So what does CREST and Steve's work with market data have to do with the War On Bots?  Simple, really.  When market data is available, hopefully the practice of obtaining the information through cache-scraping will go away.  Cache-scraping is a practice that violates the EULA, but CCP employees years ago told players was okay anyway.  I can't blame players for believing that the practice was acceptable because CCP even added objects to make the practice easier.

I've never liked cache-scaping because I never saw the difference between someone operating their account AFK with code running to mine ore in an asteroid belt for hours at a time and someone operating their account AFK with code running to mine information from the market interface for hours at a time.  But once people at CCP woke up to what was going on, the practice had gone on for years and the decision was made to allow the practice to continue as long as cache-scraping did not turn into botting.

Whenever I step back a moment, I always find the fact that some of those who cry the loudest for CCP to do something about market bots are the staunchest defenders of the practices that make developing market bots easier.  Hopefully, as CREST opens up the market data that players are scraping the cache to obtain, the constituency for cache scraping will go away and CCP will have an easier time banning the bad guys.  Yesterday was a good first step.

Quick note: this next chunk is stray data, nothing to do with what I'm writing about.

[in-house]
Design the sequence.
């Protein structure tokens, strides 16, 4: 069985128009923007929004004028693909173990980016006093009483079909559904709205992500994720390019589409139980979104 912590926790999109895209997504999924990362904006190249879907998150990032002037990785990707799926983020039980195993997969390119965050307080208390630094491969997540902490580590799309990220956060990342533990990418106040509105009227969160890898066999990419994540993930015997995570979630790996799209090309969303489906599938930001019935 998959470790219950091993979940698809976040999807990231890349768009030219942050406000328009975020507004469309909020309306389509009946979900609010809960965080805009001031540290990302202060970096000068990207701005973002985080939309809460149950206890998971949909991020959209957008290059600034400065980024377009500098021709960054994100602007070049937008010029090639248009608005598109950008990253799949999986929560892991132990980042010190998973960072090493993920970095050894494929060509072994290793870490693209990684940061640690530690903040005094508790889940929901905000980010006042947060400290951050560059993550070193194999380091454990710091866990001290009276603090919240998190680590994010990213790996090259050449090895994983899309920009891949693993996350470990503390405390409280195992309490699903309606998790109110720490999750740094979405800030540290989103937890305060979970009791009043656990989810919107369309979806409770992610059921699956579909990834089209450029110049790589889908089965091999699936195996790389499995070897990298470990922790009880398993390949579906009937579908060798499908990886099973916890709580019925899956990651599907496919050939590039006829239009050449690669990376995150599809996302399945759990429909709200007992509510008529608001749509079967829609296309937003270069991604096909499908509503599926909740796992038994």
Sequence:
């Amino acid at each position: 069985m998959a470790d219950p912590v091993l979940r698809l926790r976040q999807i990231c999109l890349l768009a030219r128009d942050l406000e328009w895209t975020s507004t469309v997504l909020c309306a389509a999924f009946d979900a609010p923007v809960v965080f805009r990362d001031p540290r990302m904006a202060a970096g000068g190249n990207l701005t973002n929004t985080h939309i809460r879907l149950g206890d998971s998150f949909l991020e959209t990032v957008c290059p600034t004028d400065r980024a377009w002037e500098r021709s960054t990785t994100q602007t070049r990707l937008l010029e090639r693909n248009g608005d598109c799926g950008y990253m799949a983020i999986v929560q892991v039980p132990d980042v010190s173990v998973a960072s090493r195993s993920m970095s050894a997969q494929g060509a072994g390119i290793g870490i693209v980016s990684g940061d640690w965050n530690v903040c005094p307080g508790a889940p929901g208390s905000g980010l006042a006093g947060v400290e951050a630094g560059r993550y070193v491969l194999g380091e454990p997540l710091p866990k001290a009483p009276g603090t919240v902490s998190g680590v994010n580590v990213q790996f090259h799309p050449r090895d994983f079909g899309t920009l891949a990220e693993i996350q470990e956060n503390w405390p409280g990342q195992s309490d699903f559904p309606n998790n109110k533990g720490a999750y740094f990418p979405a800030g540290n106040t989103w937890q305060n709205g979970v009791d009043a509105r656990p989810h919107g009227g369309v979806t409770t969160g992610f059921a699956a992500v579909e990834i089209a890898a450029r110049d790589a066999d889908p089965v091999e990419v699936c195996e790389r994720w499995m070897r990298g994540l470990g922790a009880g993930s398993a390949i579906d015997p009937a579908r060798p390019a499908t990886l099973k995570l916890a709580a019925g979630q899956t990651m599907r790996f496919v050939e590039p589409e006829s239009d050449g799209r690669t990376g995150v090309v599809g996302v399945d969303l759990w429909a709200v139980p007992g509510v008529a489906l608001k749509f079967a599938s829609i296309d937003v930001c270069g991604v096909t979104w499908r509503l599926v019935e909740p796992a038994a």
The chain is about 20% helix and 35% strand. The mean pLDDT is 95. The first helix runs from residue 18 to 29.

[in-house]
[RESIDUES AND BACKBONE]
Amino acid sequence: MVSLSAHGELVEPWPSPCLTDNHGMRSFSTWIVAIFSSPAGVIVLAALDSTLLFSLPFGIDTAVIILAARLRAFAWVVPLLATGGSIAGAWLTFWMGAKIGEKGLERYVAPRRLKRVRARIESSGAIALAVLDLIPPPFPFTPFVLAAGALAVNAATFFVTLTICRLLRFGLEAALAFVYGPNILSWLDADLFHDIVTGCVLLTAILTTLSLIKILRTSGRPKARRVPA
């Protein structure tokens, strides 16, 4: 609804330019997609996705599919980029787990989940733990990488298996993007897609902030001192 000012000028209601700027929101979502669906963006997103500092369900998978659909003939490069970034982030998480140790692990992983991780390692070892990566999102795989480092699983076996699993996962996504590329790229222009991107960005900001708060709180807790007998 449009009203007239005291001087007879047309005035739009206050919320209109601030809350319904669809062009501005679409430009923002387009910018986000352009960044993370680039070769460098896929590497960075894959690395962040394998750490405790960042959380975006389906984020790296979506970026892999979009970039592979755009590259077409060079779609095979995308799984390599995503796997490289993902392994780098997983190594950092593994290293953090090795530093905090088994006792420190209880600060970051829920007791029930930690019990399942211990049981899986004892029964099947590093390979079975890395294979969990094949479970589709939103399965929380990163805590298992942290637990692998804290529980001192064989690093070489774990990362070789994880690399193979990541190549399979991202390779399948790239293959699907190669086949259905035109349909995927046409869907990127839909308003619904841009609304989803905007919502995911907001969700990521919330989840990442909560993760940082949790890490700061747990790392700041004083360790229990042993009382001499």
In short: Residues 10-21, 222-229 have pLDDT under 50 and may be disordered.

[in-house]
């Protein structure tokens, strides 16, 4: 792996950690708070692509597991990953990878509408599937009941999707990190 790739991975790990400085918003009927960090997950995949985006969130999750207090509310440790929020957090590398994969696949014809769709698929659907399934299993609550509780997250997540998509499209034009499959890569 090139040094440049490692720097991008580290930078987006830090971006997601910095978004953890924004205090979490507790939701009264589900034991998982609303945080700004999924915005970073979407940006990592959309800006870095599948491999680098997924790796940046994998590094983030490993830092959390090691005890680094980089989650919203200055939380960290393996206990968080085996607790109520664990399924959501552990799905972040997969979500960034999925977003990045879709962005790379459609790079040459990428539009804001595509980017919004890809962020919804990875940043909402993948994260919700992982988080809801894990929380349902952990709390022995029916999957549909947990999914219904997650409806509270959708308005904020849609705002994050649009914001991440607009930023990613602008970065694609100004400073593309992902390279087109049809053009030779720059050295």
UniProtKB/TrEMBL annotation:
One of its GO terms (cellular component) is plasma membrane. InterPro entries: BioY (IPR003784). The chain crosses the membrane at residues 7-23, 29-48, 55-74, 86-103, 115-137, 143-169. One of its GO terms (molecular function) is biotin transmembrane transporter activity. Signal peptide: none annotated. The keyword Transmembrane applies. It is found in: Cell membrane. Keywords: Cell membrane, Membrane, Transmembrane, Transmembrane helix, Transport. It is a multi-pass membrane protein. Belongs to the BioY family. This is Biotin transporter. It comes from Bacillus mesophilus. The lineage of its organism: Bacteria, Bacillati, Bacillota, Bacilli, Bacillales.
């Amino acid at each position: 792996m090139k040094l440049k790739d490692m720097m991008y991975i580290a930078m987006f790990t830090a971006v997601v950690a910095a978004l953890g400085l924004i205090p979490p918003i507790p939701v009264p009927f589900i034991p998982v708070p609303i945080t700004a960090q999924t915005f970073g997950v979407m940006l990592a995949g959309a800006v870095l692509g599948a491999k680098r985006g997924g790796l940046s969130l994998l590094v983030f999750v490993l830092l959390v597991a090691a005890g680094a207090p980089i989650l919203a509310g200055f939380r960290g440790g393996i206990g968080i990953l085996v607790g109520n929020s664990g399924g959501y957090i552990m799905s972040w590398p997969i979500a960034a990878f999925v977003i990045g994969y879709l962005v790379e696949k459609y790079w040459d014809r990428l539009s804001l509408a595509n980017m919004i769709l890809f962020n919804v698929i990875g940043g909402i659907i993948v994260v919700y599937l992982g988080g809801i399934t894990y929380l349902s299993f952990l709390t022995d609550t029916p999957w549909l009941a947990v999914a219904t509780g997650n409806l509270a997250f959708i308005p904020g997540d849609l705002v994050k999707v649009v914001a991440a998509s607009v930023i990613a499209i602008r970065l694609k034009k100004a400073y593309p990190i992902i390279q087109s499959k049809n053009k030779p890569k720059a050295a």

Wednesday, March 12, 2014

The Schedule Is Almost Set For 2014

I don't just blog about EVE Online, but I usually confine that content to my Tuesday column.  But with the news coming out of Blizzard and leaking out of Carbine over the past few days, the release schedule for the major games published by MMORPG companies is almost final for 2014.

First up is Hearthstone.  While not an MMORPG, the game is published by Activision/Blizzard and based on Blizzard's Warcraft universe.  I think Blizzard surprised everyone by ending the beta and announcing the live release of the game yesterday.  I think Blizzard needs the game to do well to keep people's interest in Azeroth alive, considering some of the other news that came out over the past few days.